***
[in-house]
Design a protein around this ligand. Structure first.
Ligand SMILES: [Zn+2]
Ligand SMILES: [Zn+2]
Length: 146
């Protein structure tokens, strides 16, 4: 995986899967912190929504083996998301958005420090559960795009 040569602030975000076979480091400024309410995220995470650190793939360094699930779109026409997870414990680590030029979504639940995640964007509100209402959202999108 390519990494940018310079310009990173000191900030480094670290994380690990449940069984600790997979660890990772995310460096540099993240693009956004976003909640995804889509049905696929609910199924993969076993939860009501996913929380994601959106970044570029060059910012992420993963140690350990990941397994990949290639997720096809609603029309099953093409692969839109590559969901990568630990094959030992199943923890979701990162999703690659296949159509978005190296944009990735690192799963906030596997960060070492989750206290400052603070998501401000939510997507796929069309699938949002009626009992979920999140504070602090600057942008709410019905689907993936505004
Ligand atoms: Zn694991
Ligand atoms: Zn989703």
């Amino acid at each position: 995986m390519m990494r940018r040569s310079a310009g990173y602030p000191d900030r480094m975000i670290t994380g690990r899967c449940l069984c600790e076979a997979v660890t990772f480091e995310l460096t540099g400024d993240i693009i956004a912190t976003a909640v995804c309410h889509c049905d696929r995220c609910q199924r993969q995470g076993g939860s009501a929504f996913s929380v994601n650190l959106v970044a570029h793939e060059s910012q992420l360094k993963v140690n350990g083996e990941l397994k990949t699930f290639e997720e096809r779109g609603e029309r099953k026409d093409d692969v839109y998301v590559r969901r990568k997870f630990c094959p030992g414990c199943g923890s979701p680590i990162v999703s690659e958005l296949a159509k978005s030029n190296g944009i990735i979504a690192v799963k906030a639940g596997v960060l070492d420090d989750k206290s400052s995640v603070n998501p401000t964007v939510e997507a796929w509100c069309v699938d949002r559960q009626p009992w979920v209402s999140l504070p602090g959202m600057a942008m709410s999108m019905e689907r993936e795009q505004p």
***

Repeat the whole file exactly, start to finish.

[in-house]
Design a protein around this ligand. Structure first.
Ligand SMILES: [Zn+2]
Ligand SMILES: [Zn+2]
Length: 146
């Protein structure tokens, strides 16, 4: 995986899967912190929504083996998301958005420090559960795009 040569602030975000076979480091400024309410995220995470650190793939360094699930779109026409997870414990680590030029979504639940995640964007509100209402959202999108 390519990494940018310079310009990173000191900030480094670290994380690990449940069984600790997979660890990772995310460096540099993240693009956004976003909640995804889509049905696929609910199924993969076993939860009501996913929380994601959106970044570029060059910012992420993963140690350990990941397994990949290639997720096809609603029309099953093409692969839109590559969901990568630990094959030992199943923890979701990162999703690659296949159509978005190296944009990735690192799963906030596997960060070492989750206290400052603070998501401000939510997507796929069309699938949002009626009992979920999140504070602090600057942008709410019905689907993936505004
Ligand atoms: Zn694991
Ligand atoms: Zn989703």
């Amino acid at each position: 995986m390519m990494r940018r040569s310079a310009g990173y602030p000191d900030r480094m975000i670290t994380g690990r899967c449940l069984c600790e076979a997979v660890t990772f480091e995310l460096t540099g400024d993240i693009i956004a912190t976003a909640v995804c309410h889509c049905d696929r995220c609910q199924r993969q995470g076993g939860s009501a929504f996913s929380v994601n650190l959106v970044a570029h793939e060059s910012q992420l360094k993963v140690n350990g083996e990941l397994k990949t699930f290639e997720e096809r779109g609603e029309r099953k026409d093409d692969v839109y998301v590559r969901r990568k997870f630990c094959p030992g414990c199943g923890s979701p680590i990162v999703s690659e958005l296949a159509k978005s030029n190296g944009i990735i979504a690192v799963k906030a639940g596997v960060l070492d420090d989750k206290s400052s995640v603070n998501p401000t964007v939510e997507a796929w509100c069309v699938d949002r559960q009626p009992w979920v209402s999140l504070p602090g959202m600057a942008m709410s999108m019905e689907r993936e795009q505004p």